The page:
A French dish that everyone should master is the soufflé—either sweet or savory or both. There are many reasons why a soufflé can fail to rise and the texture to be incorrect, so for a chef to eventually fully understand all the reasons why a soufflé can fail would make them a reckoning force in any kitchen. Someone who can turn out perfect soufflé after soufflé should really be able to master anything else in the kitchen.
- 1 Stick Unsalted Butter
- 6 tablespoons all-purpose flour
- 2 cups cold whole milk
- 1/2 teaspoon salt
- 1/2 teaspoon freshly ground black pepper
- 5 extra-large eggs
- 2 1/3 cups grated Swiss cheese preferably Gruyere (about 6 ounces)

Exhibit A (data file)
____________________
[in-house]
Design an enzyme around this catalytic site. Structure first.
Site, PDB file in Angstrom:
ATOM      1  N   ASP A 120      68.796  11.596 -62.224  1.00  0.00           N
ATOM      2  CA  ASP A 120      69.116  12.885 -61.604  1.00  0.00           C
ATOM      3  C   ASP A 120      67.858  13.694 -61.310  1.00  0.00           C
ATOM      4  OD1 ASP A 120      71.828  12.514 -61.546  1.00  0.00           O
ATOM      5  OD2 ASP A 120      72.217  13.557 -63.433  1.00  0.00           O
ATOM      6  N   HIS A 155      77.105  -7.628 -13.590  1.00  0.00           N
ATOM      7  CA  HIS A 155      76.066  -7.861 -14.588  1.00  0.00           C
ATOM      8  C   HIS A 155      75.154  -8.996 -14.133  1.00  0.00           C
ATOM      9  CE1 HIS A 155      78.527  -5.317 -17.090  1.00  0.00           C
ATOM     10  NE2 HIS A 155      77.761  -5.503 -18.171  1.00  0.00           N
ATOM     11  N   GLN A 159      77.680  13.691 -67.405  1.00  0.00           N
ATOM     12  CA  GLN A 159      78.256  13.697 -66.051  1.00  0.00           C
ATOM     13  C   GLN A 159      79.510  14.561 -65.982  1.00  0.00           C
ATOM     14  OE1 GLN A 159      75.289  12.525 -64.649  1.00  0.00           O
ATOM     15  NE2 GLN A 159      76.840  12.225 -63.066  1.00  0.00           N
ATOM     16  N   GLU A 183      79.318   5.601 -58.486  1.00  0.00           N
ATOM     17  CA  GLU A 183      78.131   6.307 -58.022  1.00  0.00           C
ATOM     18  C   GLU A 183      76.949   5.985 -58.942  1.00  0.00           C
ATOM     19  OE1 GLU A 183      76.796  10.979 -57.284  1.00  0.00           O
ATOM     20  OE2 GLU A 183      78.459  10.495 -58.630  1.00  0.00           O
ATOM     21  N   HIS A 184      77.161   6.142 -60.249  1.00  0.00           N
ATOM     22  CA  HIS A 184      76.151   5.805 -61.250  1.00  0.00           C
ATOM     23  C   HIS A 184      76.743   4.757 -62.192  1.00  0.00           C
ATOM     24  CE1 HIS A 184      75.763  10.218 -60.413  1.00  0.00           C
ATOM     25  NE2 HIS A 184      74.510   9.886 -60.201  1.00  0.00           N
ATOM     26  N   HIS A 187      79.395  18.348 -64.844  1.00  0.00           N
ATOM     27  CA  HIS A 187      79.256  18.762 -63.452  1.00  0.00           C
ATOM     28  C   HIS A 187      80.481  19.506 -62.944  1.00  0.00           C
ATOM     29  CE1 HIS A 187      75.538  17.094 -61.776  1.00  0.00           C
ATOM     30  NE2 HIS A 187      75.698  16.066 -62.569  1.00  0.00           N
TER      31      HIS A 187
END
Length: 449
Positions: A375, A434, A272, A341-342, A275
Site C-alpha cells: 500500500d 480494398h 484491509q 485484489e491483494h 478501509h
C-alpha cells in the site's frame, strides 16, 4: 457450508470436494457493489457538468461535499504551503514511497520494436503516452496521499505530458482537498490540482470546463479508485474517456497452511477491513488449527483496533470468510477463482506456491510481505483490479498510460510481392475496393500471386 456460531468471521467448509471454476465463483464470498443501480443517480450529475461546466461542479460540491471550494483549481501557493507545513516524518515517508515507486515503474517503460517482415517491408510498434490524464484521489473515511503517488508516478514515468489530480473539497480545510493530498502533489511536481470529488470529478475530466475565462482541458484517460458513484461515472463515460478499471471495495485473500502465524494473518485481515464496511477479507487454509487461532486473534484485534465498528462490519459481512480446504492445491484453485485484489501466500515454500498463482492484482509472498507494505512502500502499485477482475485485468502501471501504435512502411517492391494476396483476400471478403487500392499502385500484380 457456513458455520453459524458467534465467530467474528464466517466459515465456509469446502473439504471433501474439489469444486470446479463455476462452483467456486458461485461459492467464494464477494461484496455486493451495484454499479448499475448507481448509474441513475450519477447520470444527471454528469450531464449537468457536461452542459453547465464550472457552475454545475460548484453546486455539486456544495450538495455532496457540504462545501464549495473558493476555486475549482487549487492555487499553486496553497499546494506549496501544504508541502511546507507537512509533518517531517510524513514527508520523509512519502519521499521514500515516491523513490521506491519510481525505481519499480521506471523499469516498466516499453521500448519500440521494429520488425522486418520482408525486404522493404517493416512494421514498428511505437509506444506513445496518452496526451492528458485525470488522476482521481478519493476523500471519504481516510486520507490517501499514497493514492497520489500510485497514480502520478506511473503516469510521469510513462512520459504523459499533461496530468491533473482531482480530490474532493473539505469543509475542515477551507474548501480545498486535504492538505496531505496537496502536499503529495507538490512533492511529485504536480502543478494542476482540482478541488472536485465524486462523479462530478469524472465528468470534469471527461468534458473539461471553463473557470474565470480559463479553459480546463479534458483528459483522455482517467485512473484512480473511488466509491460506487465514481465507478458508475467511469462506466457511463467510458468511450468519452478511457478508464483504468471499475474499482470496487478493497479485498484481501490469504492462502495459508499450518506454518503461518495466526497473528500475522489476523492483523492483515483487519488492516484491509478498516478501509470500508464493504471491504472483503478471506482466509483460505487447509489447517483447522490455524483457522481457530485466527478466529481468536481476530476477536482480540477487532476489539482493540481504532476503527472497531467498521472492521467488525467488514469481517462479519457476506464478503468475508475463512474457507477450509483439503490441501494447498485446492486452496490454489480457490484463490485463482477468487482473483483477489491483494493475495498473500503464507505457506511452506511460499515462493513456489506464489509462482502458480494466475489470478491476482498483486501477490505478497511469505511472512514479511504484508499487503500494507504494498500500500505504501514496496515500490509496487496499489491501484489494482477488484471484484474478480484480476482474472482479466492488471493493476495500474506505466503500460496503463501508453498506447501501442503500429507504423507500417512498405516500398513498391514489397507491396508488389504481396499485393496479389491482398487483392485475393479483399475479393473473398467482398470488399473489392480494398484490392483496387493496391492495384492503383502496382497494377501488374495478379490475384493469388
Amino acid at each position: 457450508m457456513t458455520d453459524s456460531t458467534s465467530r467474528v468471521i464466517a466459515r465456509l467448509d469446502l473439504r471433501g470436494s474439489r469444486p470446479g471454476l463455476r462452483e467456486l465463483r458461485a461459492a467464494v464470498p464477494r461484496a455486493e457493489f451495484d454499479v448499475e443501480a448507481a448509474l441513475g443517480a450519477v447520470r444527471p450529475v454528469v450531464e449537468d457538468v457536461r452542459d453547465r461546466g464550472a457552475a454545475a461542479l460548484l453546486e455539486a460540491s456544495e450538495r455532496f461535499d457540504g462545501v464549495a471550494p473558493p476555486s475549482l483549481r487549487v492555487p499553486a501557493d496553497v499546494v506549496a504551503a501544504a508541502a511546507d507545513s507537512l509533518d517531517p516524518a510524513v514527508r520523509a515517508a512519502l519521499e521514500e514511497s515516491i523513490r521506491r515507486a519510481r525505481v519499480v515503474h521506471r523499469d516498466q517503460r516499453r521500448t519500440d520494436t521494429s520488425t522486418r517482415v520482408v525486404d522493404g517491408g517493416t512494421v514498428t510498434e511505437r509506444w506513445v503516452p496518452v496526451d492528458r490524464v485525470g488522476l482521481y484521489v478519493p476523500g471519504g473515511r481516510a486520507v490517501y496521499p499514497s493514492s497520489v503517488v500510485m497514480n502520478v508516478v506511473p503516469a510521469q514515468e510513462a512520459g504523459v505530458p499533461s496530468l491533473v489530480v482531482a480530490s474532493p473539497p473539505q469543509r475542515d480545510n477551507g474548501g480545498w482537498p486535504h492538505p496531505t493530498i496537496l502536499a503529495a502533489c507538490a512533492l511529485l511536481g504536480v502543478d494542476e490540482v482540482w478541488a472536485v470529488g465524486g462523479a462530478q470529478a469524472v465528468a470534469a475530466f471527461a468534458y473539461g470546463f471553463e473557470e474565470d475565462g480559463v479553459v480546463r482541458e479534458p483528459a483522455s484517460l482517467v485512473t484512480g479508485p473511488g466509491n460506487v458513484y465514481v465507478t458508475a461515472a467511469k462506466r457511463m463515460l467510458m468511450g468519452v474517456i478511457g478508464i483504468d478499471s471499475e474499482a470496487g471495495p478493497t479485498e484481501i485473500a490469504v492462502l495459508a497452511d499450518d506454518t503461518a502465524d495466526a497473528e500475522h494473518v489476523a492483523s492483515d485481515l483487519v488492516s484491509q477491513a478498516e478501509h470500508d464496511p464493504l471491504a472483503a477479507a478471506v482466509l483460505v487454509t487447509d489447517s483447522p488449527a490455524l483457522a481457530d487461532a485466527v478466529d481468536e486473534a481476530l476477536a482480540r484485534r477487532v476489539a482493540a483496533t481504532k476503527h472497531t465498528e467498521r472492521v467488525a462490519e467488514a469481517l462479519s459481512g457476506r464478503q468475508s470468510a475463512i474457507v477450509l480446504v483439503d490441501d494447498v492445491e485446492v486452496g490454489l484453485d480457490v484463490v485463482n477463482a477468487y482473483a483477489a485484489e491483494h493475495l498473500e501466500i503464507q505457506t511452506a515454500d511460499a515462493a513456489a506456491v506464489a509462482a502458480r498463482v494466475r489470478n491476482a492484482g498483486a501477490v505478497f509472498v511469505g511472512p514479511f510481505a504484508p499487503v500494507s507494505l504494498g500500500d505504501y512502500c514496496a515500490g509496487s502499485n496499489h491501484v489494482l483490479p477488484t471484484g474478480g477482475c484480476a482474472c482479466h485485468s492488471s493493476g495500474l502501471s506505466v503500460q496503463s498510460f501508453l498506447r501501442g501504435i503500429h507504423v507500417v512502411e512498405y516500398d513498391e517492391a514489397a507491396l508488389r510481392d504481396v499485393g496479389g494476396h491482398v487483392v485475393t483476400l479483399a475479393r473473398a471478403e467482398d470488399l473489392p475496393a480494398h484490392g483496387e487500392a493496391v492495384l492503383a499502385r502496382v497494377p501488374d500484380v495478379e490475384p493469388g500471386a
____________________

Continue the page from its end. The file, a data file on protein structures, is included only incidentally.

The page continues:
- 3 tablespoons minced fresh chives
- Preheat the oven to 400 degrees F.
- Butter ramekins and set it aside.
- Melt the butter in a saucepan, then add the flour, and mix it in well with a whisk. Cook for 10 seconds, and add the milk in 1 stroke, and mix it in with a whisk. Keep stirring with the whisk until the mixture thickens and comes to a strong boil, which will take about 2 minutes. It should be thick and smooth. Remove from the heat, and stir in the salt and pepper. Allow about 10 minutes for the white sauce to cool.
- Meanwhile, break the eggs into a bowl, and beat well with a fork. Add the eggs, the cheese and the chives to the cooled sauce, and mix well to combine. Pour into the buttered ramekins and cook immediately, or set aside until ready to cook.
- Bake for 30 to 40 minutes, or until the soufflé is puffy and well browned on top. Although it will stay inflated for quite awhile, it is best served immediately.
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